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Don’t Fight the Fed

Betting against the current direction of the Federal Reserve’s (Fed’s) monetary policy hasn’t historically been the best idea. So why have markets forgotten this?

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Get our take on the latest Fed meeting.

One of the most well-known investment edicts is “don’t fight the Fed.” This obviously means that one shouldn’t bet against the current direction of monetary policy. If the Fed is tightening, then do the prudent thing and don’t pile into risk assets, for example.

I mention this old investing maxim because markets seem to have forgotten it. Risky assets performed well in the fourth quarter of 2022 (December notwithstanding) and have started 2023 strong. But we’re just not sure that jibes with the current path of monetary policy.

Powell Versus Participants

Essentially, Fed Chair Jerome Powell has been saying that rates are going to be higher for longer. But market participants, as evidenced by Fed funds futures, are expecting a pause in Fed rate hikes and pivot to looser monetary policy at some point in 2023.

In contrast, the Fed’s own so-called “Dot-Plot” projection for future rates shows no pivot before 2024. Both measures also show a disconnect in the projected final level of interest rates, with the market below the Fed’s own estimate.

Will the Fed Cave on Its Monetary Policy Plans?

The way I see it is that the market is betting that the Fed will have to cave in sooner in deference to the onset of recession or political pressure. And we believe that’s the crux of the problem. The market appears to be hyper focused on the near term, while the Fed seems intent on snuffing out any signs of inflation for the long term.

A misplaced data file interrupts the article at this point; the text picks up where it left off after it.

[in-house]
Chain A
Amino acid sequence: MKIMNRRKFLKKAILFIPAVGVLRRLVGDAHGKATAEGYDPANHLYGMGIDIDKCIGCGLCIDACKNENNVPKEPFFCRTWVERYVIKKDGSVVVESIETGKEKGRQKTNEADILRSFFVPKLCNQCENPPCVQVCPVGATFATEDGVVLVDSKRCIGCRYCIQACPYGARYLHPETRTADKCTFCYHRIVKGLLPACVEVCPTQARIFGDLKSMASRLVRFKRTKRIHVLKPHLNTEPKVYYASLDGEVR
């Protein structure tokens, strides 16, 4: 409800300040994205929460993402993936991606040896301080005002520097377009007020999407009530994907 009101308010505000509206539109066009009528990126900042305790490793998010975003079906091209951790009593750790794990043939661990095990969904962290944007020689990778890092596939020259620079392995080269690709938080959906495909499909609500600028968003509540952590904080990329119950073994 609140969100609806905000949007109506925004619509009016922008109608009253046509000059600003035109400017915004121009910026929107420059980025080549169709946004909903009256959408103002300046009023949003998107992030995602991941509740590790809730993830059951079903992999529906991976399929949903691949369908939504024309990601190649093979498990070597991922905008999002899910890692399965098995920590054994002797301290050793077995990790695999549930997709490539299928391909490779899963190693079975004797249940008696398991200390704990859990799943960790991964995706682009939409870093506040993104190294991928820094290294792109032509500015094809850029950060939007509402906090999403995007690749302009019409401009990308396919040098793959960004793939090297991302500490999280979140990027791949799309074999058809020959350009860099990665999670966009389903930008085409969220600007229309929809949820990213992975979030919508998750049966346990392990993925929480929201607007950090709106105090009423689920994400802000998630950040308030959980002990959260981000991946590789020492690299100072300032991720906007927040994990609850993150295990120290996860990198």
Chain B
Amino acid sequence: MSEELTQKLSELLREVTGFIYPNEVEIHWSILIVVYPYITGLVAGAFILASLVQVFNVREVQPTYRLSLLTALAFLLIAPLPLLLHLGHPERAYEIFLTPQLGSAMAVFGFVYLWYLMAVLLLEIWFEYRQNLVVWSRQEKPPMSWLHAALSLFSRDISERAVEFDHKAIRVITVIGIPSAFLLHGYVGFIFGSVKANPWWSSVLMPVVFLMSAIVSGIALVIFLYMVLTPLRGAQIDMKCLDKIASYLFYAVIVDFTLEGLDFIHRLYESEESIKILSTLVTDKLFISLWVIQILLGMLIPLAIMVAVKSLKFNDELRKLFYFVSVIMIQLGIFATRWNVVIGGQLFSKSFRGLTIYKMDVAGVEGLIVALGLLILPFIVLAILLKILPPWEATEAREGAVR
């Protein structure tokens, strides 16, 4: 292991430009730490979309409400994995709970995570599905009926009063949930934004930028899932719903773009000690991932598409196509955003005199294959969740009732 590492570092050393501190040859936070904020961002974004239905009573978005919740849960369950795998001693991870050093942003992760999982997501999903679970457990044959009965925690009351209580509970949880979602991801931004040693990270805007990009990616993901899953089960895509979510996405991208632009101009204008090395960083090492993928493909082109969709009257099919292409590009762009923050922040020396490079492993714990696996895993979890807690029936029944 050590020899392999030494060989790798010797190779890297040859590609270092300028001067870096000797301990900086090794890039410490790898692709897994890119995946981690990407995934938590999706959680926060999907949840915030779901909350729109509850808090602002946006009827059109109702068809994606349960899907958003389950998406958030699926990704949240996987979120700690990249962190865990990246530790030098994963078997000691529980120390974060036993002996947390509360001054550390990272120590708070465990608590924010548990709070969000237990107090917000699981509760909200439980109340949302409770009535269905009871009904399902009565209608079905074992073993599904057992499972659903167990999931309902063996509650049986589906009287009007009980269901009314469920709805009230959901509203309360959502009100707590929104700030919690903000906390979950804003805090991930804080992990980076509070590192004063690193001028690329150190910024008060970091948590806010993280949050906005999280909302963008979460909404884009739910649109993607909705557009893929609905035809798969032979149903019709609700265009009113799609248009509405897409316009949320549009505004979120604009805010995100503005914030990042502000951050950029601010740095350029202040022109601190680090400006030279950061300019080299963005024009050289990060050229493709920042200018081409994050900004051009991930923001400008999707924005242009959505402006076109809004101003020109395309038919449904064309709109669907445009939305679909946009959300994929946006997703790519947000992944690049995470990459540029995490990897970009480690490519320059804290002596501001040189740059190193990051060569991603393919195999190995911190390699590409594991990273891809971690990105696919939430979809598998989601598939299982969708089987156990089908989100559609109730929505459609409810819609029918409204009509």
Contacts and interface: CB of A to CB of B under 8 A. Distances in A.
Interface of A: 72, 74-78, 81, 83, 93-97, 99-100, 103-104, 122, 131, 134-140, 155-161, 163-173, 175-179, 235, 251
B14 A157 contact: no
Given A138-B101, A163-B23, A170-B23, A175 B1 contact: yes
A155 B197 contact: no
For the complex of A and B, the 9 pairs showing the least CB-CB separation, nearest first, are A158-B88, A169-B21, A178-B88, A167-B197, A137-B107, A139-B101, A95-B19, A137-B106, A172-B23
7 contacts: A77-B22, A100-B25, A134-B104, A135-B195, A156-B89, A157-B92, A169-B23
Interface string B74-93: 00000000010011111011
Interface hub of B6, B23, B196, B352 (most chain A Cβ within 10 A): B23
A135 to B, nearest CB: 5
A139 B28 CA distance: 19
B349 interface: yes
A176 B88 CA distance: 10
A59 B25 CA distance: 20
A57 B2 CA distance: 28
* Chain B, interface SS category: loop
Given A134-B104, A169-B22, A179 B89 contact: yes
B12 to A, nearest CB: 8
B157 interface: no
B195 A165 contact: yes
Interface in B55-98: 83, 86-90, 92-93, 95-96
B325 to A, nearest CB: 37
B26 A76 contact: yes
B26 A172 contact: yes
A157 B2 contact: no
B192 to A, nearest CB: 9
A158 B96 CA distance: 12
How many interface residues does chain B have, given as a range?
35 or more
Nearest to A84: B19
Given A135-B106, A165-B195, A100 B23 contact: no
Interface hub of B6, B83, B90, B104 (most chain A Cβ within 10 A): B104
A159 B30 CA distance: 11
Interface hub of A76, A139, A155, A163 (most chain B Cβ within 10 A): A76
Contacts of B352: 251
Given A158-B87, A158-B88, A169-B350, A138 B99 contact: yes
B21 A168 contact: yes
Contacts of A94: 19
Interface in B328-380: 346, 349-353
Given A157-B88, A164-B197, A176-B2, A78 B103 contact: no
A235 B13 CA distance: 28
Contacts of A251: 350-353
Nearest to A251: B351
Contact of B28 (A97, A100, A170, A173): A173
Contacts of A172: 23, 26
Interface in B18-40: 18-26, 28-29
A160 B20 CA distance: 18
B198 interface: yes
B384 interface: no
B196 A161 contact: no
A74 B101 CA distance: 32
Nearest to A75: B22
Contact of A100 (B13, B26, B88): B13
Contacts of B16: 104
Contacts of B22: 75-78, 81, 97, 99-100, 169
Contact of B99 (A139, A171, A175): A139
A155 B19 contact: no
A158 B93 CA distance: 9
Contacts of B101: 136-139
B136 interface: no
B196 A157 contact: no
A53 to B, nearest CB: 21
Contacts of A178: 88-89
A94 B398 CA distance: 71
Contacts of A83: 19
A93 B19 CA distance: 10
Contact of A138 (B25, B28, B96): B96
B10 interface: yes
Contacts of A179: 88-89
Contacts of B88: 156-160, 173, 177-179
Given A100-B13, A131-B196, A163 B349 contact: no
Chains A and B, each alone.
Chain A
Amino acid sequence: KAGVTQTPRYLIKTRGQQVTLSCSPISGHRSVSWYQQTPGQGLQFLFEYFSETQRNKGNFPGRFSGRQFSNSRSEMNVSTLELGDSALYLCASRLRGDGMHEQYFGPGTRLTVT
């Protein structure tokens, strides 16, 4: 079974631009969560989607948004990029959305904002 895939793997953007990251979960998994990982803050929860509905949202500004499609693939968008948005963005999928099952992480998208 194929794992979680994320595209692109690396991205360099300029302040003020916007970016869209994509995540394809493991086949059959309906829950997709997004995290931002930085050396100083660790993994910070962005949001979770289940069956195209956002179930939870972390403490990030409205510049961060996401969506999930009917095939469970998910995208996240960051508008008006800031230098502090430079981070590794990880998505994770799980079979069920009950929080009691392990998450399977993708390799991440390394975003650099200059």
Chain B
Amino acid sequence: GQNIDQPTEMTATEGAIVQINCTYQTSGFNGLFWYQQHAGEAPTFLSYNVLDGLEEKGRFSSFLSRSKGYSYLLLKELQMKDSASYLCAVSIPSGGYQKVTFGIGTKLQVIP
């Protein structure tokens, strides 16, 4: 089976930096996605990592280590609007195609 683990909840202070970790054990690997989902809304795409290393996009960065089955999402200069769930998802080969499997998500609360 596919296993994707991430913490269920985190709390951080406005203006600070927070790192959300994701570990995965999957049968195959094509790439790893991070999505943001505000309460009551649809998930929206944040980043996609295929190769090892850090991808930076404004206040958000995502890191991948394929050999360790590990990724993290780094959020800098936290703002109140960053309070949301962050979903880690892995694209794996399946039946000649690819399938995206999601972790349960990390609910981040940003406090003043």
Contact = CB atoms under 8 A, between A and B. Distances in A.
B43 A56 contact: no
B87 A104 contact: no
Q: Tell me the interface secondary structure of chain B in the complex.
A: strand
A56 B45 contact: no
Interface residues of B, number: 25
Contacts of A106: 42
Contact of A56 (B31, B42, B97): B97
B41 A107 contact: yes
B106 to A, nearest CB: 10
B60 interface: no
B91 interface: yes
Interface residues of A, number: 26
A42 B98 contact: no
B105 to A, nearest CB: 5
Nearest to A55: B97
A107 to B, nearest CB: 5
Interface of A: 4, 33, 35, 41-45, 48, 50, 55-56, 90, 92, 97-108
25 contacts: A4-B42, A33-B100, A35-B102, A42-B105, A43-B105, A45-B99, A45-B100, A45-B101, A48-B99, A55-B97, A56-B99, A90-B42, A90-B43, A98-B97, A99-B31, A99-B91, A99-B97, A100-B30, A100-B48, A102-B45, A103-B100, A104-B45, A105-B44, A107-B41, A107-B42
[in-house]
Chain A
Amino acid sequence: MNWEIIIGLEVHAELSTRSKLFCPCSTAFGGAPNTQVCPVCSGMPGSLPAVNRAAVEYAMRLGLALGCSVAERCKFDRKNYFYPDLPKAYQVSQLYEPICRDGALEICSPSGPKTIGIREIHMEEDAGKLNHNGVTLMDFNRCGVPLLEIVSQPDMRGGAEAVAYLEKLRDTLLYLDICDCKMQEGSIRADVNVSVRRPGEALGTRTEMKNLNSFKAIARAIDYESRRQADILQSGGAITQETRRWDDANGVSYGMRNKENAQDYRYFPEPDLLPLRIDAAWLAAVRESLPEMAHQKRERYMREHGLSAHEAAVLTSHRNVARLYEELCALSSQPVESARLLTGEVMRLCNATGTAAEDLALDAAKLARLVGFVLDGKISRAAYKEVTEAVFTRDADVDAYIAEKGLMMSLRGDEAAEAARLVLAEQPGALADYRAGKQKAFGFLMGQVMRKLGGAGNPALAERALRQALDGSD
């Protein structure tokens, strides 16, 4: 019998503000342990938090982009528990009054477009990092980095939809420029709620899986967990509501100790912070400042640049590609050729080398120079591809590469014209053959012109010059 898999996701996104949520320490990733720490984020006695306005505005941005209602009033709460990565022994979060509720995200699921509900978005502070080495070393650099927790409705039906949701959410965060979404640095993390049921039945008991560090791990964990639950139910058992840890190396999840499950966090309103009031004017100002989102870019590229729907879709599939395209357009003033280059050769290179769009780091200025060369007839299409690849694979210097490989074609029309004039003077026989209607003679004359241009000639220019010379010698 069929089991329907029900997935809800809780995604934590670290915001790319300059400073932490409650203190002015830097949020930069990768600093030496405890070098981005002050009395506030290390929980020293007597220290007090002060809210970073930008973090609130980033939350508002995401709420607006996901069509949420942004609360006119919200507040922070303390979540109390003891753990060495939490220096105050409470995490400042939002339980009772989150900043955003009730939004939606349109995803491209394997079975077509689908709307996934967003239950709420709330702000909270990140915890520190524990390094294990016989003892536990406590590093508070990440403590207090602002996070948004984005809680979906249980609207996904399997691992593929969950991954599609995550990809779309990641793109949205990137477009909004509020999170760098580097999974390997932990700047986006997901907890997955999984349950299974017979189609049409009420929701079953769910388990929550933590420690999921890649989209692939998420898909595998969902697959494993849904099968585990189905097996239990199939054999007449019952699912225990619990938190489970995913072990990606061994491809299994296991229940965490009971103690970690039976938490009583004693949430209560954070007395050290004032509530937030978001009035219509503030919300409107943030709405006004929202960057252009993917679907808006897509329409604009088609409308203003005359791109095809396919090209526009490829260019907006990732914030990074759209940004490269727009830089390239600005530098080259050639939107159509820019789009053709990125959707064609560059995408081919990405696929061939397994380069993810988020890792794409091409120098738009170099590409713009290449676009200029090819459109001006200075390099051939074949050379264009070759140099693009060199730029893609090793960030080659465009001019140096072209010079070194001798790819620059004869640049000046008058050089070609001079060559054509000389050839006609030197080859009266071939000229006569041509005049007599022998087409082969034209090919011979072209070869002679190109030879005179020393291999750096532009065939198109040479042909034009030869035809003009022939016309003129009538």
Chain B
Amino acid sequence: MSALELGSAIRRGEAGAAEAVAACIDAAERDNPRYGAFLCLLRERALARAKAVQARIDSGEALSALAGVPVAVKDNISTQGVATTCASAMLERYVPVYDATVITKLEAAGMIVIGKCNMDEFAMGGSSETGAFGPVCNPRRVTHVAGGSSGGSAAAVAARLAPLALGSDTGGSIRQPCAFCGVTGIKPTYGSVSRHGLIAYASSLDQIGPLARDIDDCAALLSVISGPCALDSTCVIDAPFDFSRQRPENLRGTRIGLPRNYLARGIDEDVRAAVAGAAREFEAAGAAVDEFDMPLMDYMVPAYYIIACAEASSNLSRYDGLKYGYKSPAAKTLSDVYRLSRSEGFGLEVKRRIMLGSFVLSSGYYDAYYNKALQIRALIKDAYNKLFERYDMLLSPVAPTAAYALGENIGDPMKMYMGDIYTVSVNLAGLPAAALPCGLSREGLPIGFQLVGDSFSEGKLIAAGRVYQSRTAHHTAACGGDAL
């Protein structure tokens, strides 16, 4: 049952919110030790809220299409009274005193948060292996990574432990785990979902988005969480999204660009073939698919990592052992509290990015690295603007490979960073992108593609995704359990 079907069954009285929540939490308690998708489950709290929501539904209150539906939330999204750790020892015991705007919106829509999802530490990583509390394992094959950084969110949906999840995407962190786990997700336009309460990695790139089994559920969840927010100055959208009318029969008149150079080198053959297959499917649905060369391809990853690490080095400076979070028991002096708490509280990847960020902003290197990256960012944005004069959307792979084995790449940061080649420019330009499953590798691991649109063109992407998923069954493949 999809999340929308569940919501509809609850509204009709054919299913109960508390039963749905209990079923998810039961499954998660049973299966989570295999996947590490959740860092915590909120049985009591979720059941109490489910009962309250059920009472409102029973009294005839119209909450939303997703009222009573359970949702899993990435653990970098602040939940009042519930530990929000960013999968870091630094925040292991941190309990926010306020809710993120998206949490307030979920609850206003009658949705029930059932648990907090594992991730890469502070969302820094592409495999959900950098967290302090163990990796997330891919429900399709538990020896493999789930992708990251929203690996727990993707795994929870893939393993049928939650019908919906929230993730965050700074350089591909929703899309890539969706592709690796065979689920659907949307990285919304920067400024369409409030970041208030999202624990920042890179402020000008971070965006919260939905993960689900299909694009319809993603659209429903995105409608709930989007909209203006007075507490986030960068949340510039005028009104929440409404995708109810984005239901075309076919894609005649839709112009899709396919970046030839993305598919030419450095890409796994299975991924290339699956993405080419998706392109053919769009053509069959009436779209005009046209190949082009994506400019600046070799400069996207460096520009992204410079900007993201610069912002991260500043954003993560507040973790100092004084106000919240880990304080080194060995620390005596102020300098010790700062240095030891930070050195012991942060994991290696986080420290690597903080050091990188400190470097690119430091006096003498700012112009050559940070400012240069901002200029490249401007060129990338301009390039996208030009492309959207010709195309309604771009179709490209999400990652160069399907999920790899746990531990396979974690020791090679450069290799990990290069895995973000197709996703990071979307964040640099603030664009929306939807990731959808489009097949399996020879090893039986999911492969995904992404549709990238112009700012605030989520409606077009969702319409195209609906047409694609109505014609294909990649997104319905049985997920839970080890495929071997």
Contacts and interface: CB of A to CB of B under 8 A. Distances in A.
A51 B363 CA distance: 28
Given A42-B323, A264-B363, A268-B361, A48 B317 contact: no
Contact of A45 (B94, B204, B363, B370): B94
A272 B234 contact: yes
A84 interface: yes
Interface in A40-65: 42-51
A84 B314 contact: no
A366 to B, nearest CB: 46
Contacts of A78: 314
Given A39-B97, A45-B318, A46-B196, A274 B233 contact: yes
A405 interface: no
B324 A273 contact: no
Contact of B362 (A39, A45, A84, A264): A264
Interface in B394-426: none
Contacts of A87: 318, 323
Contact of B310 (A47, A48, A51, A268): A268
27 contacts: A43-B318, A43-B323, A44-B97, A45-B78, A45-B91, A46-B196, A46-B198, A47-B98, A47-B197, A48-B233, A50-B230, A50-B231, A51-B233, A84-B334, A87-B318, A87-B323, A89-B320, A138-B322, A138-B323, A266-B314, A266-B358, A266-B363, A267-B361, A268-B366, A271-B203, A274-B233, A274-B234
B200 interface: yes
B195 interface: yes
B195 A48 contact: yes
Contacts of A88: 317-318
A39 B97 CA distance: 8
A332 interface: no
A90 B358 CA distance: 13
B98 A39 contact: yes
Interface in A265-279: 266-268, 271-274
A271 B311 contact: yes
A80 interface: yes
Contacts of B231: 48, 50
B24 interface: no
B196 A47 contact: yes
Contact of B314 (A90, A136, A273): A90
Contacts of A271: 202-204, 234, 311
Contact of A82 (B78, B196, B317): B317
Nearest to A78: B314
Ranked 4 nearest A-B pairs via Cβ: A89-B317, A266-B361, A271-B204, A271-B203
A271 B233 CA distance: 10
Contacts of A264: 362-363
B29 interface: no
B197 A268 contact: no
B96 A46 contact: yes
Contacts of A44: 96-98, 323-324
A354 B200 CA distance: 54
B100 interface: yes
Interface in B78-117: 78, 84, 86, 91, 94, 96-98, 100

This view is supported by several recent Federal Open Market Committee (FOMC) communications. In the minutes from December FOMC meeting, Fed policymakers cautioned against underestimating their resolve to keep interest rates high for some time in what was an unusually blunt warning to investors.

To summarize, there is remarkable consensus within the FOMC itself that the peak funds rate will be above 5% and that there will be no cuts this year given their intention to bring inflation back down toward their 2% target. Yet, the market sees a peak rate about 25 basis points (bps) lower than the Fed and is pricing in a couple of cuts in 2023.

Next FOMC Meeting Is February 1

We’ll get some insight into how this tug of war is likely to play out at the FOMC meeting on February 1. Currently, Fed funds futures are pricing in a greater likelihood of a 25-basis point hike, rather than a 50-basis point hike at the previous meeting.

Hiking by 50 basis points would definitely send yet another clear message to market participants not to try to call the Fed’s bluff. But even a 25-basis point hike wouldn’t necessarily signal a pause or imminent pivot in monetary policy.

The punchline is that we believe there's a high likelihood that rates will stay higher for longer than the market expects.

Rich Weiss
Richard Weiss

Chief Investment Officer

Multi-Asset Strategies

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The opinions expressed are those of American Century Investments (or the portfolio manager) and are no guarantee of the future performance of any American Century Investments' portfolio. This material has been prepared for educational purposes only. It is not intended to provide, and should not be relied upon for, investment, accounting, legal or tax advice.